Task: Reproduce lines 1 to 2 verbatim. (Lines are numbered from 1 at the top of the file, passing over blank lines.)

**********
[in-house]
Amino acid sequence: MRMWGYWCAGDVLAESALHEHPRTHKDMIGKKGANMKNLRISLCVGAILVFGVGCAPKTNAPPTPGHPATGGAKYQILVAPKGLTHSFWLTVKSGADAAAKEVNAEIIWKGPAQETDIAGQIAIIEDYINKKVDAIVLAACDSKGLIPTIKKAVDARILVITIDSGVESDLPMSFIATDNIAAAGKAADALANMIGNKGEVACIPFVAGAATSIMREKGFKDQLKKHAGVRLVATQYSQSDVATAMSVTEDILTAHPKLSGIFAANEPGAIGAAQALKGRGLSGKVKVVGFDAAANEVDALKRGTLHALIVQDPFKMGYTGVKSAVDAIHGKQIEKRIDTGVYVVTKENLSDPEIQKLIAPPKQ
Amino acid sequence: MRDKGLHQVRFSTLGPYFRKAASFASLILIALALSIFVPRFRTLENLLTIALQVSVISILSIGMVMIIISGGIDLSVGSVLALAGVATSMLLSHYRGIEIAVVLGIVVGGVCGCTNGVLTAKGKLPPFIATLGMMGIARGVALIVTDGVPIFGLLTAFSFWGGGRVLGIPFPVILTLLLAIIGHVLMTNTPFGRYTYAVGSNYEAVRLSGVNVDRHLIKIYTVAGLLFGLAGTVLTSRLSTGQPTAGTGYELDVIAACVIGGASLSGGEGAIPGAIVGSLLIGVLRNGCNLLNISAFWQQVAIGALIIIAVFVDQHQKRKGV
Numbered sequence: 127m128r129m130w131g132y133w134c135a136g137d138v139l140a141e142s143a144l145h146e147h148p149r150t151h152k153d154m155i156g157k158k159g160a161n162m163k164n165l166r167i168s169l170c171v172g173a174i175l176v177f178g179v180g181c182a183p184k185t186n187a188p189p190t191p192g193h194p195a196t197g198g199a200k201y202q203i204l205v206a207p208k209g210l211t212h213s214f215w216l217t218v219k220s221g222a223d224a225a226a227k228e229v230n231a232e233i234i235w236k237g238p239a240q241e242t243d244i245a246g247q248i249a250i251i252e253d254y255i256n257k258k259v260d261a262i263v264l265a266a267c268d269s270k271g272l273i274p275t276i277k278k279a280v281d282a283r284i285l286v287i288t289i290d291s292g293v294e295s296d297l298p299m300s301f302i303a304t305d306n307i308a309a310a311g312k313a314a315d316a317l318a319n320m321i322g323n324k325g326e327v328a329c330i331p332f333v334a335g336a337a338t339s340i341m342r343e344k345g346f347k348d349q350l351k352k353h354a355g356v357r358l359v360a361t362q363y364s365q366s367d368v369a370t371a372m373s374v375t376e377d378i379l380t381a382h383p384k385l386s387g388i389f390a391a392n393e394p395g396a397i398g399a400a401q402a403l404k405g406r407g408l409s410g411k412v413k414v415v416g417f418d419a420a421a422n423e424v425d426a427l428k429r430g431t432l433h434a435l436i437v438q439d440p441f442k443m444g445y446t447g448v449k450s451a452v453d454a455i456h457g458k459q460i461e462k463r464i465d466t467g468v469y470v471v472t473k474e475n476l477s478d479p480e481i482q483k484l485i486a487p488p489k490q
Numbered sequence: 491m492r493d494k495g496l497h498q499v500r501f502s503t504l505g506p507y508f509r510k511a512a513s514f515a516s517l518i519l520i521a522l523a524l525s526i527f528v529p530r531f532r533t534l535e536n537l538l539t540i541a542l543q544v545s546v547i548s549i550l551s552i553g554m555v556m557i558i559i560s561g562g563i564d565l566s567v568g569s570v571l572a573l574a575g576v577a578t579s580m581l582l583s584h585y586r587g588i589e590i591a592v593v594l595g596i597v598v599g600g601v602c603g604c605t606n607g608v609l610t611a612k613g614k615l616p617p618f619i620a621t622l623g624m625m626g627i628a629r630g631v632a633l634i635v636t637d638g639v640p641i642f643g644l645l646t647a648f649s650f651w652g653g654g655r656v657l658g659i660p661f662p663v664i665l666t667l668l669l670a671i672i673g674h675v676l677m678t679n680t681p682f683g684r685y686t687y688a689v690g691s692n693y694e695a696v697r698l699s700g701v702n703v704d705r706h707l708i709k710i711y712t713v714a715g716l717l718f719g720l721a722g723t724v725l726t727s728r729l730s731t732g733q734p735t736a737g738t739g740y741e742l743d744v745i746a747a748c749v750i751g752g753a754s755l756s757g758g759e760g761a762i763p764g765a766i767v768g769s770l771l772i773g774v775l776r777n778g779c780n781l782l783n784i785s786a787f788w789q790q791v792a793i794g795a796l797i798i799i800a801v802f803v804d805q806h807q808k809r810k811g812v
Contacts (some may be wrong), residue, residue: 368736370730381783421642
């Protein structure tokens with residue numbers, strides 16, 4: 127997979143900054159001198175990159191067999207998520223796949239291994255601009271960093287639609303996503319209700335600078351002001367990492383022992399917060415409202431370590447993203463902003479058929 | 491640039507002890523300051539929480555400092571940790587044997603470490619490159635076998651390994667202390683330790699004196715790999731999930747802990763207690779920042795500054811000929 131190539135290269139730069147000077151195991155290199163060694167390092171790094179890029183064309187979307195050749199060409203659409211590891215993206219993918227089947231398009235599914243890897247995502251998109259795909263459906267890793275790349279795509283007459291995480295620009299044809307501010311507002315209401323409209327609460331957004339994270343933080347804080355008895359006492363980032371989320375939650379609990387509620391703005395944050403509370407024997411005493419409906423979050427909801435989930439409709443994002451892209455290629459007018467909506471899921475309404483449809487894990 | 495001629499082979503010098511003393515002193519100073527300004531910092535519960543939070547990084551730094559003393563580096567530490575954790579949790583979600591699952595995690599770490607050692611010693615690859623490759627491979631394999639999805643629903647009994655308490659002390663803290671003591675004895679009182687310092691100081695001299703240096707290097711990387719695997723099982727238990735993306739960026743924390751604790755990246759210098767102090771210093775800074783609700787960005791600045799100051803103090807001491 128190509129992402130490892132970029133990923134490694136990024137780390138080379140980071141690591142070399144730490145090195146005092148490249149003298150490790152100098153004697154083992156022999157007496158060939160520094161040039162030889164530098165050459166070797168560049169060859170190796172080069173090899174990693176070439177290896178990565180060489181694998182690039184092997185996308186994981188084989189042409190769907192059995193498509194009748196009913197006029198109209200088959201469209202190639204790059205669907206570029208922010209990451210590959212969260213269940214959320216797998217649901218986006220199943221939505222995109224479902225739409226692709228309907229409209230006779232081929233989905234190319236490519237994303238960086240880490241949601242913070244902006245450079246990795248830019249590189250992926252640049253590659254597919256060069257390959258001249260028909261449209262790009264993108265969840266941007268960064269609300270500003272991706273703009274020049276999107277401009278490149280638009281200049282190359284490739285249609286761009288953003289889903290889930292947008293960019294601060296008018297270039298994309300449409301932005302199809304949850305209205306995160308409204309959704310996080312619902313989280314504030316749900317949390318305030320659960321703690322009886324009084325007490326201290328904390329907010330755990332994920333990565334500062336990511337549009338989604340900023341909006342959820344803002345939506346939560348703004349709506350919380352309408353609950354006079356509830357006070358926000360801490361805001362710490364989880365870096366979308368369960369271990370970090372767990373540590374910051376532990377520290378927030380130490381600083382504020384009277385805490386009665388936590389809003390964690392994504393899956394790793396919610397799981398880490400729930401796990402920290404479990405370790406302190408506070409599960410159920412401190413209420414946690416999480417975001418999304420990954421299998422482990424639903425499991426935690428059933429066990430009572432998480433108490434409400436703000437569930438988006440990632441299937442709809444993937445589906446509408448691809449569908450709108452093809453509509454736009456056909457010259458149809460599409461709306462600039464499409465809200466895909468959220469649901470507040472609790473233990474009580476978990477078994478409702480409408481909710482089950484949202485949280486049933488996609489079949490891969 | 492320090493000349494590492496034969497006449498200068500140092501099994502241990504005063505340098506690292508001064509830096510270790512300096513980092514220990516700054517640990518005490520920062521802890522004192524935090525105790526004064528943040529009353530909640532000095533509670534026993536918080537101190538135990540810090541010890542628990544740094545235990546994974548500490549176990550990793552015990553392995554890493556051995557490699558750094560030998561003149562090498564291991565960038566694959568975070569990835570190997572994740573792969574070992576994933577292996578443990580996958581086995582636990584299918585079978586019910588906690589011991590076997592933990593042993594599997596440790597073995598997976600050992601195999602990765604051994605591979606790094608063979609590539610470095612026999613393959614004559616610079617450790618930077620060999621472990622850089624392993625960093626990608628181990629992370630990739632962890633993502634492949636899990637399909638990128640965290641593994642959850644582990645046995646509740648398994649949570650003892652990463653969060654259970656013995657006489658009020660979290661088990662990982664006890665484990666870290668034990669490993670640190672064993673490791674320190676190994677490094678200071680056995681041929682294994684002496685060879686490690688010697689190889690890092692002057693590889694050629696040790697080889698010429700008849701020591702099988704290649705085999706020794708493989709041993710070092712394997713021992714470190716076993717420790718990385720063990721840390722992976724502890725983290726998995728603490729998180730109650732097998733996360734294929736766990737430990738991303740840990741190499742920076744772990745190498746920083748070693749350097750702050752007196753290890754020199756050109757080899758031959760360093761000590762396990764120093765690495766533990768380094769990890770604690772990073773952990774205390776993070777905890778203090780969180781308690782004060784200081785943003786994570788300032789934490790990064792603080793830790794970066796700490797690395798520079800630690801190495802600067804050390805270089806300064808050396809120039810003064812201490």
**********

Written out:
[in-house]
Amino acid sequence: MRMWGYWCAGDVLAESALHEHPRTHKDMIGKKGANMKNLRISLCVGAILVFGVGCAPKTNAPPTPGHPATGGAKYQILVAPKGLTHSFWLTVKSGADAAAKEVNAEIIWKGPAQETDIAGQIAIIEDYINKKVDAIVLAACDSKGLIPTIKKAVDARILVITIDSGVESDLPMSFIATDNIAAAGKAADALANMIGNKGEVACIPFVAGAATSIMREKGFKDQLKKHAGVRLVATQYSQSDVATAMSVTEDILTAHPKLSGIFAANEPGAIGAAQALKGRGLSGKVKVVGFDAAANEVDALKRGTLHALIVQDPFKMGYTGVKSAVDAIHGKQIEKRIDTGVYVVTKENLSDPEIQKLIAPPKQ